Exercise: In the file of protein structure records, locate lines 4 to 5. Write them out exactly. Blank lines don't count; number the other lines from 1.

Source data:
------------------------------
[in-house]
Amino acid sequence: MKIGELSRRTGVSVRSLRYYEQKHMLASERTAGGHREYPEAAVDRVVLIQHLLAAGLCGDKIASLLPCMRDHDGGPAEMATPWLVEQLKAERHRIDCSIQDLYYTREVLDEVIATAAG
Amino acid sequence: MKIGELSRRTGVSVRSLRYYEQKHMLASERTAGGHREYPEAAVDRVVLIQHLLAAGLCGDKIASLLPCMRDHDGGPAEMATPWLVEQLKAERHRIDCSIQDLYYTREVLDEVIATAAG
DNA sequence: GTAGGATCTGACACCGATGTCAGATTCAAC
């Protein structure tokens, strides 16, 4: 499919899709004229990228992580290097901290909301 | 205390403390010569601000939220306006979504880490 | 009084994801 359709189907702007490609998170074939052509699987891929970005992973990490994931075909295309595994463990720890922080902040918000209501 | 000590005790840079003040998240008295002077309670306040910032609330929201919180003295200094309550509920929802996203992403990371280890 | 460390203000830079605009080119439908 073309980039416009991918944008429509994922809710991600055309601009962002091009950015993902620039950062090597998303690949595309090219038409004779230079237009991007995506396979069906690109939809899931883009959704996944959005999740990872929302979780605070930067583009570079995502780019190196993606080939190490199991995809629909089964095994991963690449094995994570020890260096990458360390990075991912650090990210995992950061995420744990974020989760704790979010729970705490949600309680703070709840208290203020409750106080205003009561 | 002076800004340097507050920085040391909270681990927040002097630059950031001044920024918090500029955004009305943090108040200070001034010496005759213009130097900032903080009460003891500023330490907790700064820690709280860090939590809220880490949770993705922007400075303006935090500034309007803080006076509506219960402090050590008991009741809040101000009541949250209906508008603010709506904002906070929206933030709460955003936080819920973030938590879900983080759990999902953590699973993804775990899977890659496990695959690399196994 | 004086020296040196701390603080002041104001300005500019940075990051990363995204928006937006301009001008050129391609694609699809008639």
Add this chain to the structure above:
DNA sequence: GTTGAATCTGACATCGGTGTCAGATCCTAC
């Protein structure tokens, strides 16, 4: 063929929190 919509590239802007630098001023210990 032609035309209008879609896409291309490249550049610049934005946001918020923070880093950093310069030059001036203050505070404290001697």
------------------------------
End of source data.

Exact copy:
DNA sequence: GTAGGATCTGACACCGATGTCAGATTCAAC
């Protein structure tokens, strides 16, 4: 499919899709004229990228992580290097901290909301 | 205390403390010569601000939220306006979504880490 | 009084994801 359709189907702007490609998170074939052509699987891929970005992973990490994931075909295309595994463990720890922080902040918000209501 | 000590005790840079003040998240008295002077309670306040910032609330929201919180003295200094309550509920929802996203992403990371280890 | 460390203000830079605009080119439908 073309980039416009991918944008429509994922809710991600055309601009962002091009950015993902620039950062090597998303690949595309090219038409004779230079237009991007995506396979069906690109939809899931883009959704996944959005999740990872929302979780605070930067583009570079995502780019190196993606080939190490199991995809629909089964095994991963690449094995994570020890260096990458360390990075991912650090990210995992950061995420744990974020989760704790979010729970705490949600309680703070709840208290203020409750106080205003009561 | 002076800004340097507050920085040391909270681990927040002097630059950031001044920024918090500029955004009305943090108040200070001034010496005759213009130097900032903080009460003891500023330490907790700064820690709280860090939590809220880490949770993705922007400075303006935090500034309007803080006076509506219960402090050590008991009741809040101000009541949250209906508008603010709506904002906070929206933030709460955003936080819920973030938590879900983080759990999902953590699973993804775990899977890659496990695959690399196994 | 004086020296040196701390603080002041104001300005500019940075990051990363995204928006937006301009001008050129391609694609699809008639």